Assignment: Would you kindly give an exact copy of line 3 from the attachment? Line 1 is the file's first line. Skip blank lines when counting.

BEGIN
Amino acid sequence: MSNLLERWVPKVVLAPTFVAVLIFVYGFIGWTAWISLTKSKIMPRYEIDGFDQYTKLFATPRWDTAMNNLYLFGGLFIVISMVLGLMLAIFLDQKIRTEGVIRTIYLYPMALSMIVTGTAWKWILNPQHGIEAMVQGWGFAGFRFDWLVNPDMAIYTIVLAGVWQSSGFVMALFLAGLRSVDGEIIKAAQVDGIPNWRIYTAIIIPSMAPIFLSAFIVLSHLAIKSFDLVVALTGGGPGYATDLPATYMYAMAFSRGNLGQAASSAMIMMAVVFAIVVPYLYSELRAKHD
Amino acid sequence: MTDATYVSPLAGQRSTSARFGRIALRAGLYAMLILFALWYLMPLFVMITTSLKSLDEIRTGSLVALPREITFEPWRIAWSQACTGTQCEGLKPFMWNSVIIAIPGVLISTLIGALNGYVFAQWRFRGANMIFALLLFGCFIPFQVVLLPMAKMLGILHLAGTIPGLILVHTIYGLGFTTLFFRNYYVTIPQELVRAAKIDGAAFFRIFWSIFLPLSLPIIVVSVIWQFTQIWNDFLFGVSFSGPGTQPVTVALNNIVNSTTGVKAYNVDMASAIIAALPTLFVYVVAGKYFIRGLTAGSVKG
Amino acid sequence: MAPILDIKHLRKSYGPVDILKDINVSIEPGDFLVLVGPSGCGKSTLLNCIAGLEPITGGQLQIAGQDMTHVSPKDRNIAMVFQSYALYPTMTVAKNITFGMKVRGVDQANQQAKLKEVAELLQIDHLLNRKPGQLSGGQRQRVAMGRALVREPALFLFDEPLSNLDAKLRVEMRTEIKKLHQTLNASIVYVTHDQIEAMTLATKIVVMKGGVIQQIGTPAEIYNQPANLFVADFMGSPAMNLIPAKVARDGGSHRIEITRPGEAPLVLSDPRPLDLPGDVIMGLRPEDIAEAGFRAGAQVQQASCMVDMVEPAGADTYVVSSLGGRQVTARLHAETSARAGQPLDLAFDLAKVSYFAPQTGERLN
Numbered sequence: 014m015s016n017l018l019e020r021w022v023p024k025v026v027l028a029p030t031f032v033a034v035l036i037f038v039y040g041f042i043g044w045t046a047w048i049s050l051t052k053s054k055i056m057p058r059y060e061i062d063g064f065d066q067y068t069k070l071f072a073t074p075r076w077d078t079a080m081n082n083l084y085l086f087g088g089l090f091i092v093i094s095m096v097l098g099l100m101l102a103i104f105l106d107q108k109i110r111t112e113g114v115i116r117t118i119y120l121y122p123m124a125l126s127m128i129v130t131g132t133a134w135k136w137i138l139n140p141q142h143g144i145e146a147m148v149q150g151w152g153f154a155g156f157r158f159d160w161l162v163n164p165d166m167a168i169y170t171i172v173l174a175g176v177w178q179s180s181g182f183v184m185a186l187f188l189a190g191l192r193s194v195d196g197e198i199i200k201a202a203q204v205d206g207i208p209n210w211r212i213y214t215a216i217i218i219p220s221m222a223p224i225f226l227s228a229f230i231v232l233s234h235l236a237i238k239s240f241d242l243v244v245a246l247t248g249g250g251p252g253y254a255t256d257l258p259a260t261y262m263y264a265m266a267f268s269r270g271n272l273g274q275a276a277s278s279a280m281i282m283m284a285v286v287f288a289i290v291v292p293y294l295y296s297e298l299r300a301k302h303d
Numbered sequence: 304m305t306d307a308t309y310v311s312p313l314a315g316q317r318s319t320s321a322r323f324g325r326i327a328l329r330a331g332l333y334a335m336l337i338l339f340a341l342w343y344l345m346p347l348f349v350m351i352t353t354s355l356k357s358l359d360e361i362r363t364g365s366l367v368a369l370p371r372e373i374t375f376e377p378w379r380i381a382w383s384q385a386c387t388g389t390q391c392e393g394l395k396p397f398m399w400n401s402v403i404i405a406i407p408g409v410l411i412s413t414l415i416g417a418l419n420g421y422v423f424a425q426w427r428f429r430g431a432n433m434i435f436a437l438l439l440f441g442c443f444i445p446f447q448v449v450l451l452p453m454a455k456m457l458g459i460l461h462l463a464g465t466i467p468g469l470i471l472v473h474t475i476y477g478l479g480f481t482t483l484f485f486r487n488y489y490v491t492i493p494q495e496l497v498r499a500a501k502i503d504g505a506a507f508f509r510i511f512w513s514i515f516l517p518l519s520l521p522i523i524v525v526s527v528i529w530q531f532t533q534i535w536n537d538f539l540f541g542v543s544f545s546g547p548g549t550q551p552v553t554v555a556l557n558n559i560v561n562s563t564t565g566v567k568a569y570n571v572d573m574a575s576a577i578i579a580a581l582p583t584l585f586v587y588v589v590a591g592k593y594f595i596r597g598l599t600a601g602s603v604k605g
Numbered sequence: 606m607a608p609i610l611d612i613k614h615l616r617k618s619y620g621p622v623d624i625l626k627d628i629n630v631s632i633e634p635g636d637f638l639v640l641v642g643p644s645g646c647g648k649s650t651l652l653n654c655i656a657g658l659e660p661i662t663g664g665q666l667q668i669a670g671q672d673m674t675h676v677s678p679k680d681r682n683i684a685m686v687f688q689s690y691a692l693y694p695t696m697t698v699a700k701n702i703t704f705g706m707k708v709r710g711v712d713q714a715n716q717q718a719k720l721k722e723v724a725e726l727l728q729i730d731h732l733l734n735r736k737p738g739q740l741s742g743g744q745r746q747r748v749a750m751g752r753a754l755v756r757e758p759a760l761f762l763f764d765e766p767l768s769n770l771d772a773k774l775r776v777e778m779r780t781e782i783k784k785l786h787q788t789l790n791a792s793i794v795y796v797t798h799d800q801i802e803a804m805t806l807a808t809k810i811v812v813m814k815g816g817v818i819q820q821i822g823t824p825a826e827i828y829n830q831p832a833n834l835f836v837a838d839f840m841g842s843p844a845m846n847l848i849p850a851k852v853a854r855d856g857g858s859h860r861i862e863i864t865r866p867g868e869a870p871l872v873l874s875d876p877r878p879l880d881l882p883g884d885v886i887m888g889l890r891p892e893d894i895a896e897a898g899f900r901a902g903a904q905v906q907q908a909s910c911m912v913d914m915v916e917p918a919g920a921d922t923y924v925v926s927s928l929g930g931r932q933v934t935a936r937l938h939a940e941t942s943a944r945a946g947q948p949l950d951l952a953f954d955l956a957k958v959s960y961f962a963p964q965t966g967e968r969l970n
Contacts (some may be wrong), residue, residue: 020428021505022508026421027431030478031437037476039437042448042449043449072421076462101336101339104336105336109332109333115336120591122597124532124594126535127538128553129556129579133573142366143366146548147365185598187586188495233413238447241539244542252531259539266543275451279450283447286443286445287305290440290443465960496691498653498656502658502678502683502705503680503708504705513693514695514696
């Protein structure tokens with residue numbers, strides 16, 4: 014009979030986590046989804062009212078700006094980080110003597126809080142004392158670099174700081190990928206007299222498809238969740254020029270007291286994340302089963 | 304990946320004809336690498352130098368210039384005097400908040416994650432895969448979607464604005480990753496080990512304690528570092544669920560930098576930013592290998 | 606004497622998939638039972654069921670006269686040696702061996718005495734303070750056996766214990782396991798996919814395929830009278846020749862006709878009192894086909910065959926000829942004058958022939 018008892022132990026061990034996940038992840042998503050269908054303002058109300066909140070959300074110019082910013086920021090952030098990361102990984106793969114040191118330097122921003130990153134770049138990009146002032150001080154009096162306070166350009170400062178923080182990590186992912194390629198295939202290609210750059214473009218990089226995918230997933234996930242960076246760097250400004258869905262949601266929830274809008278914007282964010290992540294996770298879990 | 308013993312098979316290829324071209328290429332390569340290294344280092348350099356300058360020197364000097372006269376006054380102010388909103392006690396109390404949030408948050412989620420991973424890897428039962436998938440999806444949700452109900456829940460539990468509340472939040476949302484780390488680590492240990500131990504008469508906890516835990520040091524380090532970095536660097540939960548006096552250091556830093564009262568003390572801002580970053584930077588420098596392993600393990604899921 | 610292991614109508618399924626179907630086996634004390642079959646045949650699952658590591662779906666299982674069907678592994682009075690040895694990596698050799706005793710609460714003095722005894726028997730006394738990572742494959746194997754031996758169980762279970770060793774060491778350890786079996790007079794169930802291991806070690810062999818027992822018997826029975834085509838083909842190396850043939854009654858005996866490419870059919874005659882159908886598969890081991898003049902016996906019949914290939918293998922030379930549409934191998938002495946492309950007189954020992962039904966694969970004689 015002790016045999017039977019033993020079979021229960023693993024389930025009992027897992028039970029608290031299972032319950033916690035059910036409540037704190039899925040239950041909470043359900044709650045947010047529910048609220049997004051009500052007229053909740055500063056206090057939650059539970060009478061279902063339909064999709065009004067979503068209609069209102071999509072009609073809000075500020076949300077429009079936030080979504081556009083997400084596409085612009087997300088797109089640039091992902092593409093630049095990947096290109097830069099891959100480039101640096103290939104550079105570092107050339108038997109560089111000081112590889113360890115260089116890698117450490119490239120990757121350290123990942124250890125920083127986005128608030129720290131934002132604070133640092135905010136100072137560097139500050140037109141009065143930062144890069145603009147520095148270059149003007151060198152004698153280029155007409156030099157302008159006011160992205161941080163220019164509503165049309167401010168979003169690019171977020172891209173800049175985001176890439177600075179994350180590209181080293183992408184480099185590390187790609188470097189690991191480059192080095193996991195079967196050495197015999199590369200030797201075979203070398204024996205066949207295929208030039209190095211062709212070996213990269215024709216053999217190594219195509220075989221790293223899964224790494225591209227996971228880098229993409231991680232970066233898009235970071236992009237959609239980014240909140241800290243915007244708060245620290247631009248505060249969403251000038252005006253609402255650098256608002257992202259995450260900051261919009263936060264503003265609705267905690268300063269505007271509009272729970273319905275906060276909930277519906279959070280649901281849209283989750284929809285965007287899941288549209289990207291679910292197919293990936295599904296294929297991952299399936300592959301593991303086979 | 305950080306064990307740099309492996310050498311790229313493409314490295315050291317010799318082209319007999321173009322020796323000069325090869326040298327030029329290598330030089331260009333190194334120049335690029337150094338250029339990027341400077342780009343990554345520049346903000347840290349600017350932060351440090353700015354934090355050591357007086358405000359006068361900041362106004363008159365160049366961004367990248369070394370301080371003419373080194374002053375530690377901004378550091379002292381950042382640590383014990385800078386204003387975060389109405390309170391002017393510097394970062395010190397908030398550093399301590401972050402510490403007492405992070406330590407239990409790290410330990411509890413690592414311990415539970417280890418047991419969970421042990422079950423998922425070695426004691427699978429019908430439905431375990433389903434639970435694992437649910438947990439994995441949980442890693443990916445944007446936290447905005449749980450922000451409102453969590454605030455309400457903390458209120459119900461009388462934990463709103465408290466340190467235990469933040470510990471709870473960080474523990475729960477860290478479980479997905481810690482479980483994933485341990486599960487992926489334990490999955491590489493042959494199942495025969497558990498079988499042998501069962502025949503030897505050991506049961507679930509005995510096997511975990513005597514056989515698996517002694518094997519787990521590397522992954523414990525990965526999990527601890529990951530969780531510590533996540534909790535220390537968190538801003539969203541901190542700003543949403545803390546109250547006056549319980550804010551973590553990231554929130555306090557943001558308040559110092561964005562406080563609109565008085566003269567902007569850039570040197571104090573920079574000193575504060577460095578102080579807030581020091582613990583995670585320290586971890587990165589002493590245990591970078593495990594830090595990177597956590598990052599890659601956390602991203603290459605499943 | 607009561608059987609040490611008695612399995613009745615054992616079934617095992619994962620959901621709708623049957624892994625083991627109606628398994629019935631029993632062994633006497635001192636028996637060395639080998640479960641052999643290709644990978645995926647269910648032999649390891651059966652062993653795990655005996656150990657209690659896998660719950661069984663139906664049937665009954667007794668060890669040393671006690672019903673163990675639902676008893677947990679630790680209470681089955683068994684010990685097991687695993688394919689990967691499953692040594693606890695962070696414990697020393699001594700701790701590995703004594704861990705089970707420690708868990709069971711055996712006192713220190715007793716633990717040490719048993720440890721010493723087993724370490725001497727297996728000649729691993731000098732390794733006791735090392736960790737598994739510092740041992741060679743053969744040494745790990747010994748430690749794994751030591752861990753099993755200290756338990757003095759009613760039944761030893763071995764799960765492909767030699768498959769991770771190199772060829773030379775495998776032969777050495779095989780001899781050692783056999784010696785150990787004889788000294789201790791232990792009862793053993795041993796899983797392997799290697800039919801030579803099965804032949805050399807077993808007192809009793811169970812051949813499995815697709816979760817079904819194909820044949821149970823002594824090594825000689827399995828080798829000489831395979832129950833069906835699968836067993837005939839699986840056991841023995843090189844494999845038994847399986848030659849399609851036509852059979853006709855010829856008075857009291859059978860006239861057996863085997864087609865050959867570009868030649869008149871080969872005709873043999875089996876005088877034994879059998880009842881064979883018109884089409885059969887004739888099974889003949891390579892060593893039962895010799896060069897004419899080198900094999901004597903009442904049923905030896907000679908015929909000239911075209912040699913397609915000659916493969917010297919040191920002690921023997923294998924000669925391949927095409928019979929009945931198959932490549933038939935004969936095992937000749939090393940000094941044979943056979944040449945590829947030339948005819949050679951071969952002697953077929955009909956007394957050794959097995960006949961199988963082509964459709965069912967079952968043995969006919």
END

Amino acid sequence: MAPILDIKHLRKSYGPVDILKDINVSIEPGDFLVLVGPSGCGKSTLLNCIAGLEPITGGQLQIAGQDMTHVSPKDRNIAMVFQSYALYPTMTVAKNITFGMKVRGVDQANQQAKLKEVAELLQIDHLLNRKPGQLSGGQRQRVAMGRALVREPALFLFDEPLSNLDAKLRVEMRTEIKKLHQTLNASIVYVTHDQIEAMTLATKIVVMKGGVIQQIGTPAEIYNQPANLFVADFMGSPAMNLIPAKVARDGGSHRIEITRPGEAPLVLSDPRPLDLPGDVIMGLRPEDIAEAGFRAGAQVQQASCMVDMVEPAGADTYVVSSLGGRQVTARLHAETSARAGQPLDLAFDLAKVSYFAPQTGERLN